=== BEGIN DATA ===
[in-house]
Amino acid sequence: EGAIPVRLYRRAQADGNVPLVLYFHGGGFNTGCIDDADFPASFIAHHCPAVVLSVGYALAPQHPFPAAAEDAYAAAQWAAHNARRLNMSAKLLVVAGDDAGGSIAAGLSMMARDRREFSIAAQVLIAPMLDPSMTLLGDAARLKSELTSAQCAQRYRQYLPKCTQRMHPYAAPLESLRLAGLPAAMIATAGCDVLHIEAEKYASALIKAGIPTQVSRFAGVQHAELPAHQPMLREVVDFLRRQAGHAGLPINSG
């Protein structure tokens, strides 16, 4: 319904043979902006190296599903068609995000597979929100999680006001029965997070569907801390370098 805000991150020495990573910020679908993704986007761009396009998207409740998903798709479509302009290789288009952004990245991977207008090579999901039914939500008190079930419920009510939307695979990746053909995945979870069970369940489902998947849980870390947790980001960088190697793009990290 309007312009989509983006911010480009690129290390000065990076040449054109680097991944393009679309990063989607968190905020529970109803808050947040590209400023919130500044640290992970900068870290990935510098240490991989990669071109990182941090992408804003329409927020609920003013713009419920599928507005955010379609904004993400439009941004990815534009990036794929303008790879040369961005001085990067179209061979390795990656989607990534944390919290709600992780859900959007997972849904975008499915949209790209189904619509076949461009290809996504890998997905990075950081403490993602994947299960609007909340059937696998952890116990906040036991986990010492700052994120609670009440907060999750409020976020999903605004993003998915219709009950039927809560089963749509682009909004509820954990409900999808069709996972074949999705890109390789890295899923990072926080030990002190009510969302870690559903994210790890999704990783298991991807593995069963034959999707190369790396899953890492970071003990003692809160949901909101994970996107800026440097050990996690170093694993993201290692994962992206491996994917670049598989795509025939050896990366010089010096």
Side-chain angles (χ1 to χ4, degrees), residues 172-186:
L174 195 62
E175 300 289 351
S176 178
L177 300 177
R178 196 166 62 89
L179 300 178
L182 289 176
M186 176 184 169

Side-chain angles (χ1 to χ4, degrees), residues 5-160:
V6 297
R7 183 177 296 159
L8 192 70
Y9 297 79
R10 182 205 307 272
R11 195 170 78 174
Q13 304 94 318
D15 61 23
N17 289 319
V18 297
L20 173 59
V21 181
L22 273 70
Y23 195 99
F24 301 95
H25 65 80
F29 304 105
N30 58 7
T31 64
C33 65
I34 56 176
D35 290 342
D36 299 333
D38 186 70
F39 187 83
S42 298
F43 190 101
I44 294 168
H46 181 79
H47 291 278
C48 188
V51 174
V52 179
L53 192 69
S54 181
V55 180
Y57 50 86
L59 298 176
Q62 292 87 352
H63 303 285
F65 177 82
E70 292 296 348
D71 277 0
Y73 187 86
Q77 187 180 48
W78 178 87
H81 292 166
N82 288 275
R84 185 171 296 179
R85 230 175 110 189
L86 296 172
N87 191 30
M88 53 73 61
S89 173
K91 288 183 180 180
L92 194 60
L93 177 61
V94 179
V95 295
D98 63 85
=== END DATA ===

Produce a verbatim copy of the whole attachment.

[in-house]
Amino acid sequence: EGAIPVRLYRRAQADGNVPLVLYFHGGGFNTGCIDDADFPASFIAHHCPAVVLSVGYALAPQHPFPAAAEDAYAAAQWAAHNARRLNMSAKLLVVAGDDAGGSIAAGLSMMARDRREFSIAAQVLIAPMLDPSMTLLGDAARLKSELTSAQCAQRYRQYLPKCTQRMHPYAAPLESLRLAGLPAAMIATAGCDVLHIEAEKYASALIKAGIPTQVSRFAGVQHAELPAHQPMLREVVDFLRRQAGHAGLPINSG
């Protein structure tokens, strides 16, 4: 319904043979902006190296599903068609995000597979929100999680006001029965997070569907801390370098 805000991150020495990573910020679908993704986007761009396009998207409740998903798709479509302009290789288009952004990245991977207008090579999901039914939500008190079930419920009510939307695979990746053909995945979870069970369940489902998947849980870390947790980001960088190697793009990290 309007312009989509983006911010480009690129290390000065990076040449054109680097991944393009679309990063989607968190905020529970109803808050947040590209400023919130500044640290992970900068870290990935510098240490991989990669071109990182941090992408804003329409927020609920003013713009419920599928507005955010379609904004993400439009941004990815534009990036794929303008790879040369961005001085990067179209061979390795990656989607990534944390919290709600992780859900959007997972849904975008499915949209790209189904619509076949461009290809996504890998997905990075950081403490993602994947299960609007909340059937696998952890116990906040036991986990010492700052994120609670009440907060999750409020976020999903605004993003998915219709009950039927809560089963749509682009909004509820954990409900999808069709996972074949999705890109390789890295899923990072926080030990002190009510969302870690559903994210790890999704990783298991991807593995069963034959999707190369790396899953890492970071003990003692809160949901909101994970996107800026440097050990996690170093694993993201290692994962992206491996994917670049598989795509025939050896990366010089010096």
Side-chain angles (χ1 to χ4, degrees), residues 172-186:
L174 195 62
E175 300 289 351
S176 178
L177 300 177
R178 196 166 62 89
L179 300 178
L182 289 176
M186 176 184 169

Side-chain angles (χ1 to χ4, degrees), residues 5-160:
V6 297
R7 183 177 296 159
L8 192 70
Y9 297 79
R10 182 205 307 272
R11 195 170 78 174
Q13 304 94 318
D15 61 23
N17 289 319
V18 297
L20 173 59
V21 181
L22 273 70
Y23 195 99
F24 301 95
H25 65 80
F29 304 105
N30 58 7
T31 64
C33 65
I34 56 176
D35 290 342
D36 299 333
D38 186 70
F39 187 83
S42 298
F43 190 101
I44 294 168
H46 181 79
H47 291 278
C48 188
V51 174
V52 179
L53 192 69
S54 181
V55 180
Y57 50 86
L59 298 176
Q62 292 87 352
H63 303 285
F65 177 82
E70 292 296 348
D71 277 0
Y73 187 86
Q77 187 180 48
W78 178 87
H81 292 166
N82 288 275
R84 185 171 296 179
R85 230 175 110 189
L86 296 172
N87 191 30
M88 53 73 61
S89 173
K91 288 183 180 180
L92 194 60
L93 177 61
V94 179
V95 295
D98 63 85